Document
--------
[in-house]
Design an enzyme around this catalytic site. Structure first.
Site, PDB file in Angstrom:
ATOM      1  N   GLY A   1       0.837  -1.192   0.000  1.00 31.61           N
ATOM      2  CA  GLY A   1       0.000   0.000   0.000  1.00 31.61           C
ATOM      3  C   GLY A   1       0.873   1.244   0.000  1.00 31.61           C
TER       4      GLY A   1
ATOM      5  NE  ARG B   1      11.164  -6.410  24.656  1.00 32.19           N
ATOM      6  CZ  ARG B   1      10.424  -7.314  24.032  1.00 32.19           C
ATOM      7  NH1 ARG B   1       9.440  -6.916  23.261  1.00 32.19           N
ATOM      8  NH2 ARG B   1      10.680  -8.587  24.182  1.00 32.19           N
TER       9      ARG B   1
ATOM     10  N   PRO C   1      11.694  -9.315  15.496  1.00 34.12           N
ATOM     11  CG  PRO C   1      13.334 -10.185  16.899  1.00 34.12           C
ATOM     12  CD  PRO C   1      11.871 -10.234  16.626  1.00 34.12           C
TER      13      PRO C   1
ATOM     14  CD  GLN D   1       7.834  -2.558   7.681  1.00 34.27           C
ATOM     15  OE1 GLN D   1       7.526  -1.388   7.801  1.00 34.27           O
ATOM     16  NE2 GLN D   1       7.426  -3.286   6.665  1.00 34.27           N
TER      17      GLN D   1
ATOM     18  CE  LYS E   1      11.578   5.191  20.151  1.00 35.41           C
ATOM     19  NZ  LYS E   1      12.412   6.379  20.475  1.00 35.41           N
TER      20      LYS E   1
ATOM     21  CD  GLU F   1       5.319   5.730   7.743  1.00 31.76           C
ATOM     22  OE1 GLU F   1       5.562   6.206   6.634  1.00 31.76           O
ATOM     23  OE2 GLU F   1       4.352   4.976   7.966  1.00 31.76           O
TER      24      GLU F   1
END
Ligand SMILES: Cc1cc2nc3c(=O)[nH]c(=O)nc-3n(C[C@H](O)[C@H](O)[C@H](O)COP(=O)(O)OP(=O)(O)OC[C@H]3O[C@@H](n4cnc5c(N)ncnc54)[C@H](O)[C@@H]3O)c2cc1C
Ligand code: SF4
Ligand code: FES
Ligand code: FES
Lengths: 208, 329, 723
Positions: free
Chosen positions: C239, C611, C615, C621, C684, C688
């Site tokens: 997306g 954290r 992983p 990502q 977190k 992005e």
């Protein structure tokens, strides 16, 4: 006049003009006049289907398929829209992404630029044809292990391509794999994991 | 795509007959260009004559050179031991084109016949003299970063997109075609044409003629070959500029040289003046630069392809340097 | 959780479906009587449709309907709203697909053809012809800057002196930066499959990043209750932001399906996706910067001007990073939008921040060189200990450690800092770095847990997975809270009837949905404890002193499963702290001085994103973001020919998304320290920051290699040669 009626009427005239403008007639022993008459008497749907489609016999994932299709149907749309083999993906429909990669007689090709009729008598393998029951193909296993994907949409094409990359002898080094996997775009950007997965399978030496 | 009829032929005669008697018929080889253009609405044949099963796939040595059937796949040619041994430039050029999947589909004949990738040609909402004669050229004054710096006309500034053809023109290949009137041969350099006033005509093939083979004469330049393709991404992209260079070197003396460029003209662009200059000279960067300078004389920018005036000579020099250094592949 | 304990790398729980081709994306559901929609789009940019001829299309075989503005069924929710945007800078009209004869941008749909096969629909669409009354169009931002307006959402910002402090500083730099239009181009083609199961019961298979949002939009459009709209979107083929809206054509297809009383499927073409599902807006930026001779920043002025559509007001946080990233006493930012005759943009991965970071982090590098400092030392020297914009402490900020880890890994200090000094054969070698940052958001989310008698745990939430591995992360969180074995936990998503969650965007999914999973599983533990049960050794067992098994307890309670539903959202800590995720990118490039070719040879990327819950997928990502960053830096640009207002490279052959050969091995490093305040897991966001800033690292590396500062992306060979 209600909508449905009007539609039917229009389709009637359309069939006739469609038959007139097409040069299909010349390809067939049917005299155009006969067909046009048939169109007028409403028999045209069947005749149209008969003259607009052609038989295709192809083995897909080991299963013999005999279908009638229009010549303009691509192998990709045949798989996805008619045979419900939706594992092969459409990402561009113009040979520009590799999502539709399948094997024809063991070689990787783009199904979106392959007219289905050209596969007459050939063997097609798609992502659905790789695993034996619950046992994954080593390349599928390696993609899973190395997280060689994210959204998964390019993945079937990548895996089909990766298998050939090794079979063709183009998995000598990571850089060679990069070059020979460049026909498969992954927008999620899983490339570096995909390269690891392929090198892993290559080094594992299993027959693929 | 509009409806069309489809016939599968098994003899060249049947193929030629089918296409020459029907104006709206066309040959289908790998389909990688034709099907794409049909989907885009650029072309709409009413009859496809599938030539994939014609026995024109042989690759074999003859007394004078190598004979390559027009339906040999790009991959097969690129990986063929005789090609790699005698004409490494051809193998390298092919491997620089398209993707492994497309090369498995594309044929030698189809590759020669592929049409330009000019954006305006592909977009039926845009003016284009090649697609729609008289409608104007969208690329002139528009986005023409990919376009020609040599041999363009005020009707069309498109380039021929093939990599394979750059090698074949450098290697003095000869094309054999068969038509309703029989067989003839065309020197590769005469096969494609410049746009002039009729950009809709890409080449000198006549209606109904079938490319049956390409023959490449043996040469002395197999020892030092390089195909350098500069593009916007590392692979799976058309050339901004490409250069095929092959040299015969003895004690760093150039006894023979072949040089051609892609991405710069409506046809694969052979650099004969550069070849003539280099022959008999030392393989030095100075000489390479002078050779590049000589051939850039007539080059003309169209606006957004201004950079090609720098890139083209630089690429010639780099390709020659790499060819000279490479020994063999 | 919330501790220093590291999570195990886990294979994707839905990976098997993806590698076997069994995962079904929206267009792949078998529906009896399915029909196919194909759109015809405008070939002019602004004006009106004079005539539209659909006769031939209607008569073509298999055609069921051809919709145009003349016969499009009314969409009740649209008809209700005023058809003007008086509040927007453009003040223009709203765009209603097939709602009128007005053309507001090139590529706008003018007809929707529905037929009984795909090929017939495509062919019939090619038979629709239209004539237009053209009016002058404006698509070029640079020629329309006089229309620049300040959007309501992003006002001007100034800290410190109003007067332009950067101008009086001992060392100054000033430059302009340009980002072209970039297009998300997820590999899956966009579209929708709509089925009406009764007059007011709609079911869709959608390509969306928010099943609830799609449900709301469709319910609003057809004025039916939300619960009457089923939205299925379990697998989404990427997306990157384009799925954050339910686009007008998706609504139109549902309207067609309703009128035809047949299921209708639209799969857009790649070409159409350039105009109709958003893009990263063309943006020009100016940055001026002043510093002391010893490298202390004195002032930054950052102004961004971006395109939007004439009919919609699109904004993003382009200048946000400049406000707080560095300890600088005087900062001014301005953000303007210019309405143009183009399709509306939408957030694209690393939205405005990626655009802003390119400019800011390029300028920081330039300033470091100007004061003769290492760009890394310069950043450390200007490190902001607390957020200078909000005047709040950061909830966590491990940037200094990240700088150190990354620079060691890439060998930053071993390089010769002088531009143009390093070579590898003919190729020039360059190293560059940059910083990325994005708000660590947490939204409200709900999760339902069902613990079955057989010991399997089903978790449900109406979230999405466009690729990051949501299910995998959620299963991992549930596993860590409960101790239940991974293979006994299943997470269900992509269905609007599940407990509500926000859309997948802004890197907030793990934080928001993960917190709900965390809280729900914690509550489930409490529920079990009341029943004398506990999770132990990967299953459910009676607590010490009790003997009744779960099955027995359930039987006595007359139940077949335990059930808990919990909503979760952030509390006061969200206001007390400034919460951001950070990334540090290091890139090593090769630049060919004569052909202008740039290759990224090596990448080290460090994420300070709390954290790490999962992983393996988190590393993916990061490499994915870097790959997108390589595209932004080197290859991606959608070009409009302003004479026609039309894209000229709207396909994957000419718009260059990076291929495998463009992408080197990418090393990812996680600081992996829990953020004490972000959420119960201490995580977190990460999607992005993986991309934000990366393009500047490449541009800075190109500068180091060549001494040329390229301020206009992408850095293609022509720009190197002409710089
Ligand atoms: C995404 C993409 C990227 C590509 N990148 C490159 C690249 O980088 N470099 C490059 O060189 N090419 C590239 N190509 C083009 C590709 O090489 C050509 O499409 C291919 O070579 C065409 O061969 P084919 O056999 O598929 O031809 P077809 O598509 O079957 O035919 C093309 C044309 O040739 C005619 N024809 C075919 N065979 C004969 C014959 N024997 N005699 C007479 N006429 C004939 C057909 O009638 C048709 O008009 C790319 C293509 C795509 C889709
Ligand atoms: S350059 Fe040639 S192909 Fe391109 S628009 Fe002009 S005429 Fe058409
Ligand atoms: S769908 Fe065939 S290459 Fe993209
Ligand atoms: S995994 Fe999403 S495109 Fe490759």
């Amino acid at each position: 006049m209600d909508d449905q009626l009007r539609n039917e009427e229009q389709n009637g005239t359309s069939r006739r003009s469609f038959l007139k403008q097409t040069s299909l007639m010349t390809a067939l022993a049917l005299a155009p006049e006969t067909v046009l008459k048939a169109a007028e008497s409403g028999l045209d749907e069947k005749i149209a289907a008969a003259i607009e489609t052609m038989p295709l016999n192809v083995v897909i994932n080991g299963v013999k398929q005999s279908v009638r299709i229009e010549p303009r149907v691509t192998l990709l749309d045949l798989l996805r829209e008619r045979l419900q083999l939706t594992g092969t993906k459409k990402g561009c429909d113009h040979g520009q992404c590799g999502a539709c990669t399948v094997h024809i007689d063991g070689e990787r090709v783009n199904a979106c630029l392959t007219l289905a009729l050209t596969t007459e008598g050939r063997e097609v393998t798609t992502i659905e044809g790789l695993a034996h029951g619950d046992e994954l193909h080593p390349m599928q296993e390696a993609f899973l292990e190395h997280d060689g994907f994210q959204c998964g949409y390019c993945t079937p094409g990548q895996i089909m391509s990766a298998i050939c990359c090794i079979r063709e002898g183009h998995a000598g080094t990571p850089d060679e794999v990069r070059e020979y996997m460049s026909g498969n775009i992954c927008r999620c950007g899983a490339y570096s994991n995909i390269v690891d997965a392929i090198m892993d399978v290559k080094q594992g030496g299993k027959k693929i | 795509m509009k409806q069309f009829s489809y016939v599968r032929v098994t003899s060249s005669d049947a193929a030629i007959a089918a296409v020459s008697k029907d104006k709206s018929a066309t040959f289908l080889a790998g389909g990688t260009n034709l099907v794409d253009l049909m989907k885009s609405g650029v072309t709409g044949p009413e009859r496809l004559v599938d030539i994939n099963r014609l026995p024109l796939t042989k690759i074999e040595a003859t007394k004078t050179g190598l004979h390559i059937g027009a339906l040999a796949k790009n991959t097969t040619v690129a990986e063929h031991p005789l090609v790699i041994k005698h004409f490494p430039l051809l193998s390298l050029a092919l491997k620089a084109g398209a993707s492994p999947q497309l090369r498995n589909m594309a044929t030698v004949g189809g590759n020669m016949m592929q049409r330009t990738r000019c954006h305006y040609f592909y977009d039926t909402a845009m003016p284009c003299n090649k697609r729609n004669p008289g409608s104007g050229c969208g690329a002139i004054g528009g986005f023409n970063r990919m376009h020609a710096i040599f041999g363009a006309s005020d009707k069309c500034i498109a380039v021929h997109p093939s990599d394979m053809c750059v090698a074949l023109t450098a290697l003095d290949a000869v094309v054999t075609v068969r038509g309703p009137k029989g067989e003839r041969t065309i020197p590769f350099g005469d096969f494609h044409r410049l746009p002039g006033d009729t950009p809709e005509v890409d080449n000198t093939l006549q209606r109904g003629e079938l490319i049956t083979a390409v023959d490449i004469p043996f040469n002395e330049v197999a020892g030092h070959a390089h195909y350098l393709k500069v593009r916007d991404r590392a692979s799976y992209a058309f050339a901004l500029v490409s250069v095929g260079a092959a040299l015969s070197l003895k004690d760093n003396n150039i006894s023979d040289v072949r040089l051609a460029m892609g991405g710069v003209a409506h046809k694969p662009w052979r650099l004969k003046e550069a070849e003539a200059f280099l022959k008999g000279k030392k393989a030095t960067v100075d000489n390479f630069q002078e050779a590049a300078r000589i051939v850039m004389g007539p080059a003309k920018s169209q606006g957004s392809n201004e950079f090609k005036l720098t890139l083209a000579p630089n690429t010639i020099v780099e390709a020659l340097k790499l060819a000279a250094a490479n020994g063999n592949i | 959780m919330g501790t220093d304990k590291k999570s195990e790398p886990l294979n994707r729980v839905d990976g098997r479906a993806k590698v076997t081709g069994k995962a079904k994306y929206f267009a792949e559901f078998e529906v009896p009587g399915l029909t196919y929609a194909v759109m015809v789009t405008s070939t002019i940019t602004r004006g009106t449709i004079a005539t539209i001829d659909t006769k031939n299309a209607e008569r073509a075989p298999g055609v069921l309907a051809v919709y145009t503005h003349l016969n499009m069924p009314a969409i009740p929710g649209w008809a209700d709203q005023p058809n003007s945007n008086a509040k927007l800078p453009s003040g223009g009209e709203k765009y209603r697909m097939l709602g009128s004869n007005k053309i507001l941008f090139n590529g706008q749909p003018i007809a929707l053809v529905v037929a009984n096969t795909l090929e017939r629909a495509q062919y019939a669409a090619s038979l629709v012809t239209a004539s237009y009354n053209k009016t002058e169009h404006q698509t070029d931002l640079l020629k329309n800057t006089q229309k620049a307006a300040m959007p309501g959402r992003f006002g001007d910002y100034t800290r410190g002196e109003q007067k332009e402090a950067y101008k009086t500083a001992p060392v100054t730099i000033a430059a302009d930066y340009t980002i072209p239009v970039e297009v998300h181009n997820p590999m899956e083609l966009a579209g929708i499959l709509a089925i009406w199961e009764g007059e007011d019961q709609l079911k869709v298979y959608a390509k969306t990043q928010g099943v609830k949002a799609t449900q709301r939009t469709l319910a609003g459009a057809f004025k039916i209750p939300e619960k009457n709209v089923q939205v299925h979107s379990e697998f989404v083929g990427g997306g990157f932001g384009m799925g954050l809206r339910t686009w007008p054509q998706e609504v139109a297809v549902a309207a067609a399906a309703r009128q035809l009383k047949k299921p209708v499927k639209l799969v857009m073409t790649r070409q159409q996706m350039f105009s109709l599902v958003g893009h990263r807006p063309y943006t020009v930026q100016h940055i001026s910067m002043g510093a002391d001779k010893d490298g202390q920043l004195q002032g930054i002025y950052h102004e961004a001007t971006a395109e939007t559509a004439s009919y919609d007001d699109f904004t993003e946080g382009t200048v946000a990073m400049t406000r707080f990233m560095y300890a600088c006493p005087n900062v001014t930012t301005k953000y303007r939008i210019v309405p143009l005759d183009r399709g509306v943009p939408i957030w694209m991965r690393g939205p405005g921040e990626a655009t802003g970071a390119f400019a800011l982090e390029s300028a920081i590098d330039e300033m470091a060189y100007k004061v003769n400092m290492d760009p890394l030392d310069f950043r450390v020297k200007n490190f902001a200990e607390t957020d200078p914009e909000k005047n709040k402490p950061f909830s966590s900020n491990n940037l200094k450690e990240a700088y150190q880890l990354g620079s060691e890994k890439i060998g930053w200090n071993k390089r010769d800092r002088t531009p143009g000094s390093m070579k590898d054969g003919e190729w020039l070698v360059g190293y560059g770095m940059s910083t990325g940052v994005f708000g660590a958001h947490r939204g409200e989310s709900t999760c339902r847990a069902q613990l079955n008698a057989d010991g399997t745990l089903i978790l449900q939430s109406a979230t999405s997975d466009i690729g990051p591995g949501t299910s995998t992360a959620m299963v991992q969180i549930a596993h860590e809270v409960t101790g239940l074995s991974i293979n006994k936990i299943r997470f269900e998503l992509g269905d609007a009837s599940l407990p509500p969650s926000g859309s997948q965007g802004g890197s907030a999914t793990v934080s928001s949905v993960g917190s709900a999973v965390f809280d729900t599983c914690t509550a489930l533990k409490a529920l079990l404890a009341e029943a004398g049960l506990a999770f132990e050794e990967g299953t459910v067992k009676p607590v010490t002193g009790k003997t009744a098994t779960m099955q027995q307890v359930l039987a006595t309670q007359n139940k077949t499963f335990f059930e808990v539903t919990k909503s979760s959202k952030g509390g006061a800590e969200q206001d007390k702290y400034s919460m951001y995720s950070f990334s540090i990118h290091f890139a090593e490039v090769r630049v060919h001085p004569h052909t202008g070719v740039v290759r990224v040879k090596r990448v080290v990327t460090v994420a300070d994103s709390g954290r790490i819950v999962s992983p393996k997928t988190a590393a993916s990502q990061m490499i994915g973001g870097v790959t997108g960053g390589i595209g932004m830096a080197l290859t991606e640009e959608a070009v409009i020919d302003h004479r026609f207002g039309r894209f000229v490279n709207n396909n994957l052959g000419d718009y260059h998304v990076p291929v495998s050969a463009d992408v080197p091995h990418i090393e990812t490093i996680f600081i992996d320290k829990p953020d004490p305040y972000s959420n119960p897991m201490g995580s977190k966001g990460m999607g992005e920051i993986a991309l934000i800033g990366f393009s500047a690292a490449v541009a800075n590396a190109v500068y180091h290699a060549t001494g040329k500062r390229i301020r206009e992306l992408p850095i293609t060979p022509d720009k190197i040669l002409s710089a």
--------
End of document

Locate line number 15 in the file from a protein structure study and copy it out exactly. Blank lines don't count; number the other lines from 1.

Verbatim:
ATOM     12  CD  PRO C   1      11.871 -10.234  16.626  1.00 34.12           C